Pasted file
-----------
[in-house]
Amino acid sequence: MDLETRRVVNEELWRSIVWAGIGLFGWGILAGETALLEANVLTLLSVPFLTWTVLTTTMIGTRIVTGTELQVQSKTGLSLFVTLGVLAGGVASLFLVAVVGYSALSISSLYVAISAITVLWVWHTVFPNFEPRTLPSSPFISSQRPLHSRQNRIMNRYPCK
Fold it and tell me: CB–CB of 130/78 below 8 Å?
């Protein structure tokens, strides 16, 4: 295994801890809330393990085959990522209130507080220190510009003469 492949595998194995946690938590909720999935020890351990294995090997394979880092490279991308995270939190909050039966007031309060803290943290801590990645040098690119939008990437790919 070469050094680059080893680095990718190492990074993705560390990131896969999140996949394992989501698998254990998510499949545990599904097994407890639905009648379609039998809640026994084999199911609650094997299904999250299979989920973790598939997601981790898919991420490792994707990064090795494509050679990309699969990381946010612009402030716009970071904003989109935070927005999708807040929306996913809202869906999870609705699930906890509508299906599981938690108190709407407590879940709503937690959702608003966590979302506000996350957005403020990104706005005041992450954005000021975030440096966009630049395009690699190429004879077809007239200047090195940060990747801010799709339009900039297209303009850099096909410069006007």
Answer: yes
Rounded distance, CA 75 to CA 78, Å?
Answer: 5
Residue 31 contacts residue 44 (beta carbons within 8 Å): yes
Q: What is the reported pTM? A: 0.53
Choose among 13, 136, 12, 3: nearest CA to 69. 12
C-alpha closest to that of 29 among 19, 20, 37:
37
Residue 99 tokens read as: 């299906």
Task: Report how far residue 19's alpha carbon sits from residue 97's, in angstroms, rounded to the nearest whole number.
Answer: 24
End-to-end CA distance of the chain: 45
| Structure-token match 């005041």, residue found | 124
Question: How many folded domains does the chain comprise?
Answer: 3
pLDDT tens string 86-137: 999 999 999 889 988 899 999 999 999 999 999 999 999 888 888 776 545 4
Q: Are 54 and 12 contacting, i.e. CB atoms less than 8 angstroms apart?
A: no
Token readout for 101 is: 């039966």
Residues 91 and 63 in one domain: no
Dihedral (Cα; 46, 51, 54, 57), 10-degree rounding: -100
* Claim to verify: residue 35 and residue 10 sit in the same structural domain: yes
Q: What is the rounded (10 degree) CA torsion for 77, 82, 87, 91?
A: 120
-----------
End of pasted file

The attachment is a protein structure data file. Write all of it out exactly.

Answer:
[in-house]
Amino acid sequence: MDLETRRVVNEELWRSIVWAGIGLFGWGILAGETALLEANVLTLLSVPFLTWTVLTTTMIGTRIVTGTELQVQSKTGLSLFVTLGVLAGGVASLFLVAVVGYSALSISSLYVAISAITVLWVWHTVFPNFEPRTLPSSPFISSQRPLHSRQNRIMNRYPCK
Fold it and tell me: CB–CB of 130/78 below 8 Å?
């Protein structure tokens, strides 16, 4: 295994801890809330393990085959990522209130507080220190510009003469 492949595998194995946690938590909720999935020890351990294995090997394979880092490279991308995270939190909050039966007031309060803290943290801590990645040098690119939008990437790919 070469050094680059080893680095990718190492990074993705560390990131896969999140996949394992989501698998254990998510499949545990599904097994407890639905009648379609039998809640026994084999199911609650094997299904999250299979989920973790598939997601981790898919991420490792994707990064090795494509050679990309699969990381946010612009402030716009970071904003989109935070927005999708807040929306996913809202869906999870609705699930906890509508299906599981938690108190709407407590879940709503937690959702608003966590979302506000996350957005403020990104706005005041992450954005000021975030440096966009630049395009690699190429004879077809007239200047090195940060990747801010799709339009900039297209303009850099096909410069006007």
Answer: yes
Rounded distance, CA 75 to CA 78, Å?
Answer: 5
Residue 31 contacts residue 44 (beta carbons within 8 Å): yes
Q: What is the reported pTM? A: 0.53
Choose among 13, 136, 12, 3: nearest CA to 69. 12
C-alpha closest to that of 29 among 19, 20, 37:
37
Residue 99 tokens read as: 């299906």
Task: Report how far residue 19's alpha carbon sits from residue 97's, in angstroms, rounded to the nearest whole number.
Answer: 24
End-to-end CA distance of the chain: 45
| Structure-token match 């005041």, residue found | 124
Question: How many folded domains does the chain comprise?
Answer: 3
pLDDT tens string 86-137: 999 999 999 889 988 899 999 999 999 999 999 999 999 888 888 776 545 4
Q: Are 54 and 12 contacting, i.e. CB atoms less than 8 angstroms apart?
A: no
Token readout for 101 is: 């039966």
Residues 91 and 63 in one domain: no
Dihedral (Cα; 46, 51, 54, 57), 10-degree rounding: -100
* Claim to verify: residue 35 and residue 10 sit in the same structural domain: yes
Q: What is the rounded (10 degree) CA torsion for 77, 82, 87, 91?
A: 120